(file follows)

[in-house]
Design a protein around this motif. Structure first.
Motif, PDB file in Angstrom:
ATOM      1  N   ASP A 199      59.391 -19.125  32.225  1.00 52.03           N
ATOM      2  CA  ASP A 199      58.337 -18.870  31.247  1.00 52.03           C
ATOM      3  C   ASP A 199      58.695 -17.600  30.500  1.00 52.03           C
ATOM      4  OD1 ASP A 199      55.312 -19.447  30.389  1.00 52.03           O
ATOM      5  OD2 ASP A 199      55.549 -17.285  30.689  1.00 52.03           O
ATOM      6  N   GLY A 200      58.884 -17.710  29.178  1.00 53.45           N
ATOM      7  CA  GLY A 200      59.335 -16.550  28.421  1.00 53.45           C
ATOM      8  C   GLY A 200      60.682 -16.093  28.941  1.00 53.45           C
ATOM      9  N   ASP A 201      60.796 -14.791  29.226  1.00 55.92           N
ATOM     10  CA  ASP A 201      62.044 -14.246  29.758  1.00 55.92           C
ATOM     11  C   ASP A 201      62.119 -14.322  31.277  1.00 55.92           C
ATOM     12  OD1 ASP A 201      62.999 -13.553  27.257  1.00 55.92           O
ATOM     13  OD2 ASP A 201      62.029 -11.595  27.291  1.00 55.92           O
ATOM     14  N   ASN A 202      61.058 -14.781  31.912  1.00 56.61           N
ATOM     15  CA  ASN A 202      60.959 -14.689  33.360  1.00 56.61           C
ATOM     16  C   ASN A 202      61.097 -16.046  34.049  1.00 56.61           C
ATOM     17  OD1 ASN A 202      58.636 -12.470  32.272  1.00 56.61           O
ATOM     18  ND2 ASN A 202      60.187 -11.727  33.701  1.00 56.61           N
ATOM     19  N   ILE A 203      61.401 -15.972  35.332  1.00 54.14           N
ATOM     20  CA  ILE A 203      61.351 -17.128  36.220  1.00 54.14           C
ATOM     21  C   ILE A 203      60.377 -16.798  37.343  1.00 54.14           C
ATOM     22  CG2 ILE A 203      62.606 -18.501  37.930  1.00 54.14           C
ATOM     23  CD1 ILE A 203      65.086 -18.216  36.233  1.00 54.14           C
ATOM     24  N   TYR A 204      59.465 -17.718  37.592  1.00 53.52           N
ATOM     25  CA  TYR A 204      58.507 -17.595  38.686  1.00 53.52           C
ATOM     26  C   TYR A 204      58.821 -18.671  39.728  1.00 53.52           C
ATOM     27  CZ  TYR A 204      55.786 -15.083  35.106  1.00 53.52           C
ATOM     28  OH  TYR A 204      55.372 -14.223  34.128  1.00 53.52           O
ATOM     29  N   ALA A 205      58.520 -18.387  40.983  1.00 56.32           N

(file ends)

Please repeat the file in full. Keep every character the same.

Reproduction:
[in-house]
Design a protein around this motif. Structure first.
Motif, PDB file in Angstrom:
ATOM      1  N   ASP A 199      59.391 -19.125  32.225  1.00 52.03           N
ATOM      2  CA  ASP A 199      58.337 -18.870  31.247  1.00 52.03           C
ATOM      3  C   ASP A 199      58.695 -17.600  30.500  1.00 52.03           C
ATOM      4  OD1 ASP A 199      55.312 -19.447  30.389  1.00 52.03           O
ATOM      5  OD2 ASP A 199      55.549 -17.285  30.689  1.00 52.03           O
ATOM      6  N   GLY A 200      58.884 -17.710  29.178  1.00 53.45           N
ATOM      7  CA  GLY A 200      59.335 -16.550  28.421  1.00 53.45           C
ATOM      8  C   GLY A 200      60.682 -16.093  28.941  1.00 53.45           C
ATOM      9  N   ASP A 201      60.796 -14.791  29.226  1.00 55.92           N
ATOM     10  CA  ASP A 201      62.044 -14.246  29.758  1.00 55.92           C
ATOM     11  C   ASP A 201      62.119 -14.322  31.277  1.00 55.92           C
ATOM     12  OD1 ASP A 201      62.999 -13.553  27.257  1.00 55.92           O
ATOM     13  OD2 ASP A 201      62.029 -11.595  27.291  1.00 55.92           O
ATOM     14  N   ASN A 202      61.058 -14.781  31.912  1.00 56.61           N
ATOM     15  CA  ASN A 202      60.959 -14.689  33.360  1.00 56.61           C
ATOM     16  C   ASN A 202      61.097 -16.046  34.049  1.00 56.61           C
ATOM     17  OD1 ASN A 202      58.636 -12.470  32.272  1.00 56.61           O
ATOM     18  ND2 ASN A 202      60.187 -11.727  33.701  1.00 56.61           N
ATOM     19  N   ILE A 203      61.401 -15.972  35.332  1.00 54.14           N
ATOM     20  CA  ILE A 203      61.351 -17.128  36.220  1.00 54.14           C
ATOM     21  C   ILE A 203      60.377 -16.798  37.343  1.00 54.14           C
ATOM     22  CG2 ILE A 203      62.606 -18.501  37.930  1.00 54.14           C
ATOM     23  CD1 ILE A 203      65.086 -18.216  36.233  1.00 54.14           C
ATOM     24  N   TYR A 204      59.465 -17.718  37.592  1.00 53.52           N
ATOM     25  CA  TYR A 204      58.507 -17.595  38.686  1.00 53.52           C
ATOM     26  C   TYR A 204      58.821 -18.671  39.728  1.00 53.52           C
ATOM     27  CZ  TYR A 204      55.786 -15.083  35.106  1.00 53.52           C
ATOM     28  OH  TYR A 204      55.372 -14.223  34.128  1.00 53.52           O
ATOM     29  N   ALA A 205      58.520 -18.387  40.983  1.00 56.32           N